What Happens After A Crime Is Committed?

What Happens After A Crime Is Committed?

– SW, Texas


First, the police determine whether or not a crime may have been committed. The police may observe what they believe to be a crime being committed such as speeding or seeing someone hitting another person.

The police next investigate by talking to witnesses or gathering potential other evidence such as alleged drugs. The police determine if there is probable cause to think that based on an initial investigation that a crime has been committed. This might consist of doing a field test to determine if there is an illegal substance present.

After the police determine there is probable cause, the police will present their preliminary report to a judge. If the judge agrees, then the person is formally charged. For misdemeanors, an attorney will review the offense reports and file a piece of paper called an information.

The information states the crime the person is alleged to have committed and is what would have be proven at trial. For felonies an attorney will also review the material provided and then present the material to a grand jury. If the grand jury agrees with the prosecutor then they will return an indictment.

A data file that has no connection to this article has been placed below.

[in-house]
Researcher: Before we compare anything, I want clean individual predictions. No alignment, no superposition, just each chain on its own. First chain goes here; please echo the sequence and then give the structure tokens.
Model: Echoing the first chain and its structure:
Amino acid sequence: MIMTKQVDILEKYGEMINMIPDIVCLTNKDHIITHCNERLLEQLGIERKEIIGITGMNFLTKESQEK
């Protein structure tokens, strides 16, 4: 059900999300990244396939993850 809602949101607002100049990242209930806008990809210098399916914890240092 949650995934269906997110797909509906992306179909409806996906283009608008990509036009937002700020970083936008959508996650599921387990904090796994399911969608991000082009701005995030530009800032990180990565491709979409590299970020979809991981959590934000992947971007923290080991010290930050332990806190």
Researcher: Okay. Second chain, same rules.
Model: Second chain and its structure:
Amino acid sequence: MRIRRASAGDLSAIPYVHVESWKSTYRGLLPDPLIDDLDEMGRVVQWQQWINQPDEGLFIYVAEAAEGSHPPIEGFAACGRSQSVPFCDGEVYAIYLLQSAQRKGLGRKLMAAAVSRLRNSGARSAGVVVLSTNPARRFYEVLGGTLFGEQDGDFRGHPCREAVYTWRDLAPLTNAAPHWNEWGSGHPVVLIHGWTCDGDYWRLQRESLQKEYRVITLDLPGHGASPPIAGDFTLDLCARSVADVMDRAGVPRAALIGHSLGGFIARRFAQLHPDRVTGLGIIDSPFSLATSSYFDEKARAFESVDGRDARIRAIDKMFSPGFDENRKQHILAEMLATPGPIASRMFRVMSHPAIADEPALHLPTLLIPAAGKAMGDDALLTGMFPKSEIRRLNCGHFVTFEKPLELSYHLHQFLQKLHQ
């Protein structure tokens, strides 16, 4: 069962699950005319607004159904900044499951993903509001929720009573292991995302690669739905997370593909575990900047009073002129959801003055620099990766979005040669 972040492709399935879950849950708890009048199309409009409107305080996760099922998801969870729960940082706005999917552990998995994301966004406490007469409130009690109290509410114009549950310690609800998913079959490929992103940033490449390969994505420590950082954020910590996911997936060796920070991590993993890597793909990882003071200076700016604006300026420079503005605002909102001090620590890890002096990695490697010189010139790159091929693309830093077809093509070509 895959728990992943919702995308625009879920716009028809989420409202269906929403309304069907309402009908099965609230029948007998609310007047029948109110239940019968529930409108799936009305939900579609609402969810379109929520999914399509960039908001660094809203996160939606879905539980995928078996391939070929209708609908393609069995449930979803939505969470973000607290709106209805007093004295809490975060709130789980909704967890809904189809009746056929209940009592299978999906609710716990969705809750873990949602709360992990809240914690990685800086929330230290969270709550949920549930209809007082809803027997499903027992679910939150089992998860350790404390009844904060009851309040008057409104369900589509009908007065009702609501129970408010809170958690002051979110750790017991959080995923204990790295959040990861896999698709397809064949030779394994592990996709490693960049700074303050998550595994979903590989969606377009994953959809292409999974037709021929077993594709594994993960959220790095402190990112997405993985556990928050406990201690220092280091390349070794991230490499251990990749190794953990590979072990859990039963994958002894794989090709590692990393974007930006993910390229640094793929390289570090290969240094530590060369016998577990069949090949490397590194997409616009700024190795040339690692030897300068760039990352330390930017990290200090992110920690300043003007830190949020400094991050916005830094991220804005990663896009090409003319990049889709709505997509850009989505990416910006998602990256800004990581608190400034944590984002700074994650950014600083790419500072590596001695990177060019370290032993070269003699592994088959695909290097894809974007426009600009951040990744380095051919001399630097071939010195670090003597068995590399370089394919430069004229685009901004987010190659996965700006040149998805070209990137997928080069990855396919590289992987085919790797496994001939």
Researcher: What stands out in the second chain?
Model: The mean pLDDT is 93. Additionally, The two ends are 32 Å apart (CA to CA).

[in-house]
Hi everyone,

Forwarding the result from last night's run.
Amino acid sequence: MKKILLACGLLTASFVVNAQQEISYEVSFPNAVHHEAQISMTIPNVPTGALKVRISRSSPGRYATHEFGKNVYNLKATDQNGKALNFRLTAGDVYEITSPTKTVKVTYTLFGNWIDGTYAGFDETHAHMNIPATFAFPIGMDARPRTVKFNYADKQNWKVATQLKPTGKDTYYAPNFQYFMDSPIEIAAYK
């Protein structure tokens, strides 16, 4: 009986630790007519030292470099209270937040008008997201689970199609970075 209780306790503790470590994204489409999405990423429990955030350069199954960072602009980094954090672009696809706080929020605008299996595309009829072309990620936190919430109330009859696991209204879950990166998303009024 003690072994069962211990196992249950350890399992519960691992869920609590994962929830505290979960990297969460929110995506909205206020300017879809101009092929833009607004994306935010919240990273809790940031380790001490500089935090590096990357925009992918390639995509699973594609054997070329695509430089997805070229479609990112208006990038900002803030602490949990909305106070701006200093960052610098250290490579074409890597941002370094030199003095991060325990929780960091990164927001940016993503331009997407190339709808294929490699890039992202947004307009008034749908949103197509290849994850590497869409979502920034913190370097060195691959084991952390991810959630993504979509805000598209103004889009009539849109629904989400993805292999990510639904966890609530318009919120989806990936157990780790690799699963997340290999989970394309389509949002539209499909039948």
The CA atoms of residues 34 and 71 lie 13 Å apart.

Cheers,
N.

The indictment states the crime the person is alleged to have committed and is what would have be proven at trial. Eventually the case will be resolved by dismissal, a plea bargain or a trial.

If you are under investigation by local, county or state police, the sooner you speak with an Austin Criminal Attorney, the better.

This answer does not constitute legal advice, which can only be rendered after a full consideration of the facts of your case which is not possible in this format; nor establish an attorney-client relationship, which can only be done after you and an attorney meet and agree on the terms of that relationship. This answer is intended solely to provide general information about the justice system. Further, it does not provide the basis for making decisions about a course of action. Before making any decisions about a course of action readers are strongly encouraged to contact a lawyer and secure an attorney-client relationship. Readers must also understand that this format does not provide for confidential communication. Moreover, links to information on this site are for your convenience only and are not an endorsement or recommendation of those sites, and no responsibility is taken for any information at these linked sites, nor makes any representation or warranty with respect to these sites or the information contained therein.

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